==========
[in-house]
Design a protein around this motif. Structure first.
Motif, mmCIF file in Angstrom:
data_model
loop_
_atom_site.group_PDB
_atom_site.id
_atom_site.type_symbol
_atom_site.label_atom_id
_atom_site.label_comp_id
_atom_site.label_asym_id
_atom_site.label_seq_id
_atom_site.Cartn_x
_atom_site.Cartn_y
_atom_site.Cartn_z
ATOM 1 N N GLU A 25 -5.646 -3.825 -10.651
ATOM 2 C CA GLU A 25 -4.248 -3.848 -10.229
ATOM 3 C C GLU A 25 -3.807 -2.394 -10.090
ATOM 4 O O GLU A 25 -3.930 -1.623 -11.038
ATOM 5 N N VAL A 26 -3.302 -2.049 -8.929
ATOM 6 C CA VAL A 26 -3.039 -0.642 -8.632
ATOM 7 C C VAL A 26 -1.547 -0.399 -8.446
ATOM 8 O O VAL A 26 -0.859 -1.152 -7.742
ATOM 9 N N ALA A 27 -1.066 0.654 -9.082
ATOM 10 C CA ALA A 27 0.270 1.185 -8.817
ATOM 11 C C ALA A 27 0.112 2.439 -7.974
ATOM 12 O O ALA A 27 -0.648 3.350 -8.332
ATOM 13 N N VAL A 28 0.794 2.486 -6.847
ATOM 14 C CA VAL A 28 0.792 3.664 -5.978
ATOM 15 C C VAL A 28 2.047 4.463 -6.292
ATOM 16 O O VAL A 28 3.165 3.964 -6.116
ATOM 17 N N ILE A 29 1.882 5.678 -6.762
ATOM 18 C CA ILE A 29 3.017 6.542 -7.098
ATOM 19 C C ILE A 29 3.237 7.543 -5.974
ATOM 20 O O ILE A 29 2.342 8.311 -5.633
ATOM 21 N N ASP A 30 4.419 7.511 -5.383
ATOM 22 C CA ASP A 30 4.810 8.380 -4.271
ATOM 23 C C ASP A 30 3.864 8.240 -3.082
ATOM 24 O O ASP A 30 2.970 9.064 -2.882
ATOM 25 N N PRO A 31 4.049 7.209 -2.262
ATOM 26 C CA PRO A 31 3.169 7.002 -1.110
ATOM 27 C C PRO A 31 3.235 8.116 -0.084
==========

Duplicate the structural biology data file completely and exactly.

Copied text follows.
[in-house]
Design a protein around this motif. Structure first.
Motif, mmCIF file in Angstrom:
data_model
loop_
_atom_site.group_PDB
_atom_site.id
_atom_site.type_symbol
_atom_site.label_atom_id
_atom_site.label_comp_id
_atom_site.label_asym_id
_atom_site.label_seq_id
_atom_site.Cartn_x
_atom_site.Cartn_y
_atom_site.Cartn_z
ATOM 1 N N GLU A 25 -5.646 -3.825 -10.651
ATOM 2 C CA GLU A 25 -4.248 -3.848 -10.229
ATOM 3 C C GLU A 25 -3.807 -2.394 -10.090
ATOM 4 O O GLU A 25 -3.930 -1.623 -11.038
ATOM 5 N N VAL A 26 -3.302 -2.049 -8.929
ATOM 6 C CA VAL A 26 -3.039 -0.642 -8.632
ATOM 7 C C VAL A 26 -1.547 -0.399 -8.446
ATOM 8 O O VAL A 26 -0.859 -1.152 -7.742
ATOM 9 N N ALA A 27 -1.066 0.654 -9.082
ATOM 10 C CA ALA A 27 0.270 1.185 -8.817
ATOM 11 C C ALA A 27 0.112 2.439 -7.974
ATOM 12 O O ALA A 27 -0.648 3.350 -8.332
ATOM 13 N N VAL A 28 0.794 2.486 -6.847
ATOM 14 C CA VAL A 28 0.792 3.664 -5.978
ATOM 15 C C VAL A 28 2.047 4.463 -6.292
ATOM 16 O O VAL A 28 3.165 3.964 -6.116
ATOM 17 N N ILE A 29 1.882 5.678 -6.762
ATOM 18 C CA ILE A 29 3.017 6.542 -7.098
ATOM 19 C C ILE A 29 3.237 7.543 -5.974
ATOM 20 O O ILE A 29 2.342 8.311 -5.633
ATOM 21 N N ASP A 30 4.419 7.511 -5.383
ATOM 22 C CA ASP A 30 4.810 8.380 -4.271
ATOM 23 C C ASP A 30 3.864 8.240 -3.082
ATOM 24 O O ASP A 30 2.970 9.064 -2.882
ATOM 25 N N PRO A 31 4.049 7.209 -2.262
ATOM 26 C CA PRO A 31 3.169 7.002 -1.110
ATOM 27 C C PRO A 31 3.235 8.116 -0.084